Another reason I love my mother so much (and give a prayer of gratitude for her every day) is the deep understanding she has of these differences.

When I was in my 20s and deciding what to 'do with my life', my mother was deeply compassionate. She could so easily have said to me: "Marianne, you don't know how lucky you are. The only choices I had were to be a nurse or a teacher." (Which would be true). She could have said: "Your father and I have supported you through law school, now you need to stick with this corporate law job and make a go of it."

Instead she said: "It must be so hard for you. You have so many more choices than we ever had. People used to tell us what to do, and although we had less freedom there was also less stress. Making real choices about your own life is hard. You are doing great."

Compassionate understanding of our differences. She gets 'Mother of the Year', no?



"As daughters with mothers and mothers with daughters, what conversations are taking place, either in real life or in your perfect-world scenarios?"

wow. what a question!

in the real world my mother mostly encourages me to play it safe and forget about my dreams. and i am still longing for the perfect world where she supports me unconditionally. but actually, she is starting to come around and it seems like she's starting to get used to the idea of me living my dreams and seems almost encouraging some days.

and even in her discouragement i can feel it's her own stuff - the way she put her dreams aside for her family, i guess because she didn't know what else to do and that's what women did then.

i am so happy to have options.


Loved this! M baby is 24 and my granddaughter is 6 ... the girl-child thing is something else. My mother and I, I think we were starting to 'get' each other as she died.

It's all much more difficult than we are led to believe.


I want to start by saying that I love the terrain you traverse in this space. One day we are oohing and ahhing over Tilda and her delicious cuteness ... another day we're talking about generational gaps between mothers and daughters. It's amazing. (Although, really, I suppose we could create a link between the two ... you are, after all, Tilda's mama.) :-)

For some reason, I feel like the generation of mothers raising children right now (ie: people my own age and a little older, whose children are newborns, toddlers, grade school, or even middle or high school) are doing so with an intentionality of connectedness and relationship. True, there are tons of mothers NOT doing this, but I do see an ability and desire among many mothers these days to take time to know the true personalities and abilities of their children and to take the time to really see and listen to them. There's a relational intentionality of gentleness in place.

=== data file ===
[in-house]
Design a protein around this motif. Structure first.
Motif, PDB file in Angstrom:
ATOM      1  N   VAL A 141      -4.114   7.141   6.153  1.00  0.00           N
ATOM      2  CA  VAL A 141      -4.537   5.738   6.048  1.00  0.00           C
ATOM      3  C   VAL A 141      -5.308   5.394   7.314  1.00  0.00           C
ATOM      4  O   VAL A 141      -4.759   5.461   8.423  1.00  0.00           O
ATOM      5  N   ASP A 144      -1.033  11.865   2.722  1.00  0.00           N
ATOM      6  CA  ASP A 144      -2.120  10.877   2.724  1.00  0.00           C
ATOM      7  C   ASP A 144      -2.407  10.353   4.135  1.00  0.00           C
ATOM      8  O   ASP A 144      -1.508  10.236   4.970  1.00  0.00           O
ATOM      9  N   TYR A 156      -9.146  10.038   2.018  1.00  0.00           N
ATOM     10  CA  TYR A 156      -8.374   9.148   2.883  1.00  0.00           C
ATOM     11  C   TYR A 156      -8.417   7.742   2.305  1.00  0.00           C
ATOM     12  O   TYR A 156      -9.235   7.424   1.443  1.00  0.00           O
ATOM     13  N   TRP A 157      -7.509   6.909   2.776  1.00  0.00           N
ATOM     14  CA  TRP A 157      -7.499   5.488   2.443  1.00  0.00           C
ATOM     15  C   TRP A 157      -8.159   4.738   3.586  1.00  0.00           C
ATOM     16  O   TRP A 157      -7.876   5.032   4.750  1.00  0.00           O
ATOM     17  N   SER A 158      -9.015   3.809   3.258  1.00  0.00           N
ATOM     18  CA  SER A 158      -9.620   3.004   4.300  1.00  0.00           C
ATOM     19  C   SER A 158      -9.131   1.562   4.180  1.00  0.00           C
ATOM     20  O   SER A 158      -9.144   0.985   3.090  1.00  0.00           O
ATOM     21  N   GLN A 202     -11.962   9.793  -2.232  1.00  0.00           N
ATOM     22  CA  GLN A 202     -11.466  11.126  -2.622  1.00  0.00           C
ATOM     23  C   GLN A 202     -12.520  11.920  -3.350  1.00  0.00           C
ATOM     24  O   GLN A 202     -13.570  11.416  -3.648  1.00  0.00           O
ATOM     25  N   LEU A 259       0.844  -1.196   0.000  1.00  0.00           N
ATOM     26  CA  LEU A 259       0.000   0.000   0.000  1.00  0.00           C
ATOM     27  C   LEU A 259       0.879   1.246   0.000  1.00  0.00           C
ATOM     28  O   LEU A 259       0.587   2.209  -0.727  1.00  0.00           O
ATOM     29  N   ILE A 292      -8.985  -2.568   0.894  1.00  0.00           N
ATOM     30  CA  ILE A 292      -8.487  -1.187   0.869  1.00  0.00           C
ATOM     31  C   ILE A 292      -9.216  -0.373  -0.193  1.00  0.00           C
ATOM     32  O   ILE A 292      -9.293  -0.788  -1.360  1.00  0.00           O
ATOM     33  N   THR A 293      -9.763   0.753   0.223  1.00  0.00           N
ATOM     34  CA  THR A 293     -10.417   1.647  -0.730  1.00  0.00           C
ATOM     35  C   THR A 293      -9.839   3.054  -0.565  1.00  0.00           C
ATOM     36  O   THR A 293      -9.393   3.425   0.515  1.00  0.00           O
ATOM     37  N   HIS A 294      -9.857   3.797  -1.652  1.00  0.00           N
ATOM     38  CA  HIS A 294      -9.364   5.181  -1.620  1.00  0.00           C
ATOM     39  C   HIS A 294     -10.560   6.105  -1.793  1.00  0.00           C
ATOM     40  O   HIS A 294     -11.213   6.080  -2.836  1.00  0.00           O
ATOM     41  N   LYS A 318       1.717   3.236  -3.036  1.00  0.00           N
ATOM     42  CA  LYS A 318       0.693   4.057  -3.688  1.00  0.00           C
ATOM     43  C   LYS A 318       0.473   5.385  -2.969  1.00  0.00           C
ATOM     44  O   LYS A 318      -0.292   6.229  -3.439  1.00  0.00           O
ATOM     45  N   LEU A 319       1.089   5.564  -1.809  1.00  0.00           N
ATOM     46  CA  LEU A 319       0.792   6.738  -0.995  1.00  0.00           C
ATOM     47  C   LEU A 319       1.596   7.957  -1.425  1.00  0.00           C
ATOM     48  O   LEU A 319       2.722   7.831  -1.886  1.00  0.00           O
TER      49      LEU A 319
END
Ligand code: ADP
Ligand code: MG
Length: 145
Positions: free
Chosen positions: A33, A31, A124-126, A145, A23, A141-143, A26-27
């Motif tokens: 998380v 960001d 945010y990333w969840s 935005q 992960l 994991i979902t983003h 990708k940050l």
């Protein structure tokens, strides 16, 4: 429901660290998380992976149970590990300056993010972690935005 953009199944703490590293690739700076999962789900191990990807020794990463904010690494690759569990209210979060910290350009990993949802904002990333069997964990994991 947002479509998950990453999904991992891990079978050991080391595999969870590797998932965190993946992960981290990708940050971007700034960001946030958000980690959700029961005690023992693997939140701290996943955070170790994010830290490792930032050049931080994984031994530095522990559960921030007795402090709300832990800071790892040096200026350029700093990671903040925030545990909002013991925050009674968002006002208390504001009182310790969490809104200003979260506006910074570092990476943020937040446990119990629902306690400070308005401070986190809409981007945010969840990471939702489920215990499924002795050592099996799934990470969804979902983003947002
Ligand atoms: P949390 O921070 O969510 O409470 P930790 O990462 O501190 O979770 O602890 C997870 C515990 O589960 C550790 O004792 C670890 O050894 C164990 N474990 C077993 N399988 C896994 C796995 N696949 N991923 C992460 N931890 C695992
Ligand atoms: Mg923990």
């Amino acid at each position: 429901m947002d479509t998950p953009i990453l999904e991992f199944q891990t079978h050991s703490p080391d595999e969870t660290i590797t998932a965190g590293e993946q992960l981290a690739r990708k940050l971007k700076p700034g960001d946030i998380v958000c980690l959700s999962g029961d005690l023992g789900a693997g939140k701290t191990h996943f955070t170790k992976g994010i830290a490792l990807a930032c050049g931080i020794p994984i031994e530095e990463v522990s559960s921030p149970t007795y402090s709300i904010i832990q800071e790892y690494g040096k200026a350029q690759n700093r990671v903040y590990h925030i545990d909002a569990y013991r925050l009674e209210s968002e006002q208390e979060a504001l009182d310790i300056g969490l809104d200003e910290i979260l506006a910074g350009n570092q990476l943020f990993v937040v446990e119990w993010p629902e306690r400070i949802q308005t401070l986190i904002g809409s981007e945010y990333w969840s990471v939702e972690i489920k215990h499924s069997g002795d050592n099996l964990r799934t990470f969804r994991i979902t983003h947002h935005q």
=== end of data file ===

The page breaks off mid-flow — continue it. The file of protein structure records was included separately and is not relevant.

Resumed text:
I think this has a lot to do with the path each generation has walked that leads us to today. Blogging reveals a vast sum of women expressing their hearts, reaching for their dreams, going after their creative hopes in many new ways, all because technology makes it possible for them to connect with likeminded people who want to hear each other's stories and support each other's work. That value proposition (of valuing one's personal creative expression) is making its way into parenting life.

Just one small perspective among the many that could be offered in response to what you've presented here ...


oddly, after all the years of counseling, arguing, silences punctuated with yukkiness or awkwardness, it was knitting that brought us together (such as it is). we built a bridge of yarn and that was our tentative starting point...something outside the battlegrounds...something that simply couldn't be argued about, and something she was better at than me - by design. we aren't ready for a big ol' Waltons family hug, but we found some peaceful, common ground that we can share. and that's a good enough starting point. and if it never ventures outside the knitting and purling, at least we've accomplished that.